How to change your VPS’s hostname

How to change your VPS’s hostname

If you recently changed your domain name, and want your server’s hostname to match, you’ve come to the right post πŸ™‚ .

Immediate, temporary way

The immediate way to do this, is with one simple command:

sudo hostname example.com

where example.com is your new domain name. Now, exit the SSH session, and open a new one, and the hostname should have changed:

[email protected]:~$

if you don’t use bash, then check with the hostname command:

example.com

Persist across reboots

If you want the new hostname to persist across reboots, then you need to edit a few more files. First, edit /etc/hostname with:

sudo nano /etc/hostname

and edit the first, and only line, to your new domain. Next, you need to edit the /etc/hosts file, with:

sudo nano /etc/hosts

and change all lines with your old domain to your new one, which should just be 127.0.0.1, and the IPv6 equivalent if you have that enabled.

A few more considerations

When changing your domain name, make sure you also update the following(if you use them):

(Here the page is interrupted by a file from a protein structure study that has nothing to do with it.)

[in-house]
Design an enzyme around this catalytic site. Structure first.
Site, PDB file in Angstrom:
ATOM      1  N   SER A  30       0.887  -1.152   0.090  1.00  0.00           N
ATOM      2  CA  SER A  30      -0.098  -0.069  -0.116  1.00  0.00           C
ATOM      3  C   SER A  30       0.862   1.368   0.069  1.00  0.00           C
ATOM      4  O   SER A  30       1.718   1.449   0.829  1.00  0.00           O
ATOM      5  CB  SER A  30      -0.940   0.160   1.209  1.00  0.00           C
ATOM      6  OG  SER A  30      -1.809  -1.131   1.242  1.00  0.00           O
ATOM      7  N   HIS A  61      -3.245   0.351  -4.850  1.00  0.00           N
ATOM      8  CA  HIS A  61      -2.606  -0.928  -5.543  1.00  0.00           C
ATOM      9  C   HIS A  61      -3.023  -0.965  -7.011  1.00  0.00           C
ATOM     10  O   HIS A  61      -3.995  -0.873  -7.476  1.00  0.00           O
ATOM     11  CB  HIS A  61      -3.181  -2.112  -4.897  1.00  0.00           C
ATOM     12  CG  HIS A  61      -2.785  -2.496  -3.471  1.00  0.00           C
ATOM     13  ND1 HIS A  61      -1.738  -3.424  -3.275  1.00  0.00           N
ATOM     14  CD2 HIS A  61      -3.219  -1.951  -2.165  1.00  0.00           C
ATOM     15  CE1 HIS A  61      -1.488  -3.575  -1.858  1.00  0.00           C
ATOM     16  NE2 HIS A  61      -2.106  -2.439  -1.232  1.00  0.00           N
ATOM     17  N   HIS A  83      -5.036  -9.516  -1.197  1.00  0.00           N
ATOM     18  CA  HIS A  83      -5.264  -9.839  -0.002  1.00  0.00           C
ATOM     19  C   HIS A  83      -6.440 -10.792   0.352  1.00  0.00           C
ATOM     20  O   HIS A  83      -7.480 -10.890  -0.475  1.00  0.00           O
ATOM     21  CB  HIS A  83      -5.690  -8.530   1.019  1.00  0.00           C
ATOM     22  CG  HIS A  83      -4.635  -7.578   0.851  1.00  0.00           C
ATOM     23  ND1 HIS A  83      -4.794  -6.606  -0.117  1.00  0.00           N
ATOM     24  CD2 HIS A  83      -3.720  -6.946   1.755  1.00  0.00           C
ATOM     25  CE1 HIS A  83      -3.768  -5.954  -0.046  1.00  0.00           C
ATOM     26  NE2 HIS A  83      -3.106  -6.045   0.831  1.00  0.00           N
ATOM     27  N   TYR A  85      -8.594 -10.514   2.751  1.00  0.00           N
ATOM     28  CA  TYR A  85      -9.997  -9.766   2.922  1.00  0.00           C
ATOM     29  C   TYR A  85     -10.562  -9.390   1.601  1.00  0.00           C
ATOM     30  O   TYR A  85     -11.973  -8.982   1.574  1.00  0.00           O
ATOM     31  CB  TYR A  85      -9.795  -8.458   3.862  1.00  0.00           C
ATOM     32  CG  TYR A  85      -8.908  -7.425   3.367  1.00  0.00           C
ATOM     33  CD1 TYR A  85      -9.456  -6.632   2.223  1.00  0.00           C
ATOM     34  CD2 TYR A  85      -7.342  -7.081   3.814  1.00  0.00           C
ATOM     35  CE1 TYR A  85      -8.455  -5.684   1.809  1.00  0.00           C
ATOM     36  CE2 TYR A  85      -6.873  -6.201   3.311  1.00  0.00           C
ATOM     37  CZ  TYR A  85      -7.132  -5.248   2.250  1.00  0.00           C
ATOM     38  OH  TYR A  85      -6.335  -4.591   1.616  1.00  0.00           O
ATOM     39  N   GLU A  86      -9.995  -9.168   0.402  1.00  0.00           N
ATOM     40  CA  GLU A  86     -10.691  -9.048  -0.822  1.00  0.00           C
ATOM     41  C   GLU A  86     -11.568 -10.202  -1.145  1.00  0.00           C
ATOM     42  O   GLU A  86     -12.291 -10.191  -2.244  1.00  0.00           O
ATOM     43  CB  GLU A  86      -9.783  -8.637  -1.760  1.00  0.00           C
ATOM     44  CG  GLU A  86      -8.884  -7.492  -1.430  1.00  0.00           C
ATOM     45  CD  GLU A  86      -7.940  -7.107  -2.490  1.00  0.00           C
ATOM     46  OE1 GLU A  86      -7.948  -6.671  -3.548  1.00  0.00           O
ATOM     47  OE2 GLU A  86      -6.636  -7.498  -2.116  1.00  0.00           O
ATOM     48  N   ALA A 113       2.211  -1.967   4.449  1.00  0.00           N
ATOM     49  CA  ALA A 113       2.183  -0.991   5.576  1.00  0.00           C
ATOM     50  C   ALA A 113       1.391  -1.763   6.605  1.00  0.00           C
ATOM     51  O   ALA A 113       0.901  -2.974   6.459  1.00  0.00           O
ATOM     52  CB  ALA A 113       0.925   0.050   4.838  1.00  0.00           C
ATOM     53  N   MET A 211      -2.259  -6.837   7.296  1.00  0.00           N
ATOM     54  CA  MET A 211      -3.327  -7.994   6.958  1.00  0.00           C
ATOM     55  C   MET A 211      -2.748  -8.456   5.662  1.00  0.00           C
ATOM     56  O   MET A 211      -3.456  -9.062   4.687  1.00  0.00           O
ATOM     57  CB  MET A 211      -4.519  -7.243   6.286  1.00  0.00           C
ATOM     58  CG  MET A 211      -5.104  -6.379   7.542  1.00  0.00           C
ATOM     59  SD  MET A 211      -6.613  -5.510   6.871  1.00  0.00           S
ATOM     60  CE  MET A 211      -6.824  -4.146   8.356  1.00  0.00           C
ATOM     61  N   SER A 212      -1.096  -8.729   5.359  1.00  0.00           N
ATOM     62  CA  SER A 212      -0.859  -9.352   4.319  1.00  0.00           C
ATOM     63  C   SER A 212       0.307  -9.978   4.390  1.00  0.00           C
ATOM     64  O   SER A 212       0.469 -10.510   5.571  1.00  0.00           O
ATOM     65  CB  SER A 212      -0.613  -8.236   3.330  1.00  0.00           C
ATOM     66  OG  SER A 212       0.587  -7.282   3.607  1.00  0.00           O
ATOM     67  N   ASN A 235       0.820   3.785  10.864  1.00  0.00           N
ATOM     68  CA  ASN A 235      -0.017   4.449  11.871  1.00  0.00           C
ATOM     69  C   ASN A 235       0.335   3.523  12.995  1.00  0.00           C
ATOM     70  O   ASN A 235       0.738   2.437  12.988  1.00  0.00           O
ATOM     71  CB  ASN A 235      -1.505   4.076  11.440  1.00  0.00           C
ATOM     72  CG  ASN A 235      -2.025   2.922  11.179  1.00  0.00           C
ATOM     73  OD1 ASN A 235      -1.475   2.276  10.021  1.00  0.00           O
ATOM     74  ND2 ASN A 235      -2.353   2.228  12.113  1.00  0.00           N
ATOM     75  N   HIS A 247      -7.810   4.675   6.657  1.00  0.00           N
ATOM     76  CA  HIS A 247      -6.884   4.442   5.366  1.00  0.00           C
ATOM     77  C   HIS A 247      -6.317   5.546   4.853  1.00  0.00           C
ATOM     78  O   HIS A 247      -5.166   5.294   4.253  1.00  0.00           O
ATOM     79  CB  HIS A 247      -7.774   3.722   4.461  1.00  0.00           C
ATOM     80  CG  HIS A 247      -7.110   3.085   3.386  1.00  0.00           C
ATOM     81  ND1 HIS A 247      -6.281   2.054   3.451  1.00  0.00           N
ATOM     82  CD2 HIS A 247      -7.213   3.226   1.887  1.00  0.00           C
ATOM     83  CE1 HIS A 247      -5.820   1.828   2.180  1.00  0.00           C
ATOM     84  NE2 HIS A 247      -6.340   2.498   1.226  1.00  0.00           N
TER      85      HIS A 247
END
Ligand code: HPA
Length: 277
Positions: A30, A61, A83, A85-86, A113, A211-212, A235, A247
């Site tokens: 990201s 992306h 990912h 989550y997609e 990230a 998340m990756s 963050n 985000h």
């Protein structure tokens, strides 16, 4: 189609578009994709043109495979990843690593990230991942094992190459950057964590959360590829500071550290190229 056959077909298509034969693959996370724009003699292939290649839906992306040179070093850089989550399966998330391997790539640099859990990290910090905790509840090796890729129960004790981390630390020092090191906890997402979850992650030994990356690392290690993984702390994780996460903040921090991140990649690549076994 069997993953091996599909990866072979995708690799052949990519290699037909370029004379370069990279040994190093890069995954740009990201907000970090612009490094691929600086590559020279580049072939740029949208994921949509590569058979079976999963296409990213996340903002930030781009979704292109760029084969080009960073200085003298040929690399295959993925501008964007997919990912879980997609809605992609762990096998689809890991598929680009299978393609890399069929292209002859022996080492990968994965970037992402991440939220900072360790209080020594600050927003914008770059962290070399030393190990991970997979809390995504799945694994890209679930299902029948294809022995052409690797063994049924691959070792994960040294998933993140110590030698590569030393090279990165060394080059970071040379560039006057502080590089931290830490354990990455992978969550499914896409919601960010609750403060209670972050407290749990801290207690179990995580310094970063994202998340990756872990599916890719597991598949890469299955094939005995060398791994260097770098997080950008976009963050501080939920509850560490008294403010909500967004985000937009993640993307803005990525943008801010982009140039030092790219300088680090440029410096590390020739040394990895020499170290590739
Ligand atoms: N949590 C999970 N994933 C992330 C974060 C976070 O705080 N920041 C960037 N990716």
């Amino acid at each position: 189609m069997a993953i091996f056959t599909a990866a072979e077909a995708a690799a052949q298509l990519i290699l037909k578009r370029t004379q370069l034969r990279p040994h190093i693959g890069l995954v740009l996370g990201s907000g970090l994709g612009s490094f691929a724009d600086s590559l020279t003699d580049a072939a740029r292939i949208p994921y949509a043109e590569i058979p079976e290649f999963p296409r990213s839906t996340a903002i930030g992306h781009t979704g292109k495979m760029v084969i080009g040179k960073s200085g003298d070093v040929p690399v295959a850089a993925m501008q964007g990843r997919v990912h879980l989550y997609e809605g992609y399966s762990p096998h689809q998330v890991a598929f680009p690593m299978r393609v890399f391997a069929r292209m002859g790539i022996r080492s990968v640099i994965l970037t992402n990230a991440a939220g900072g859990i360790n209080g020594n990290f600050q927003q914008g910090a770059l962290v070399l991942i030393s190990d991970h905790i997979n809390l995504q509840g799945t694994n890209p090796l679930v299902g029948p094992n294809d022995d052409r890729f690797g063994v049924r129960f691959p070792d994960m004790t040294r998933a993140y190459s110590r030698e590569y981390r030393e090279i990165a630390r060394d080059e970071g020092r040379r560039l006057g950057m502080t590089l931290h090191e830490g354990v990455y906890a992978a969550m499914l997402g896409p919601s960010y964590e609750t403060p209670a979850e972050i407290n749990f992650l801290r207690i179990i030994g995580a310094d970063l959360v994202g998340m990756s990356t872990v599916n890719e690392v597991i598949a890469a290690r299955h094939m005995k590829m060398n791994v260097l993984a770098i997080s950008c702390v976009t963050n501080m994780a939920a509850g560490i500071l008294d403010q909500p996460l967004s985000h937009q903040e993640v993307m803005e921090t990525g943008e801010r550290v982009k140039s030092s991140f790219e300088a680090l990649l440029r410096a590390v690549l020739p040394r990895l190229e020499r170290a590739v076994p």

Postfix

Edit the config file:

sudo nano /etc/postfix/main.cf

and change all occurrences of your old domain with the new one.

Apache

Edit the virtual hosts:

sudo nano /etc/apache2/sites-enabled/*

and change all occurrences of your old domain with the new one.

NGINX

Edit the virtual hosts:

sudo nano /etc/nginx/sites-enabled/*

and change all occurrences of your old domain with the new one.

Lighttpd

Edit the virtual hosts:

sudo nano /etc/lighttpd/lighttpd.conf

and change all occurrences of your old domain with the new one.

Lets Encrypt

If you use Let’s Encrypt, be sure to get a certificate for your new domain, and remember to change all apps that use the SSL certificates to the new path.

Short way

If you’re lazy, use the sed way:

sudo sed -i 's/olddomain/newdomain/g' /path/to/file/here

after making a backup of course πŸ™‚

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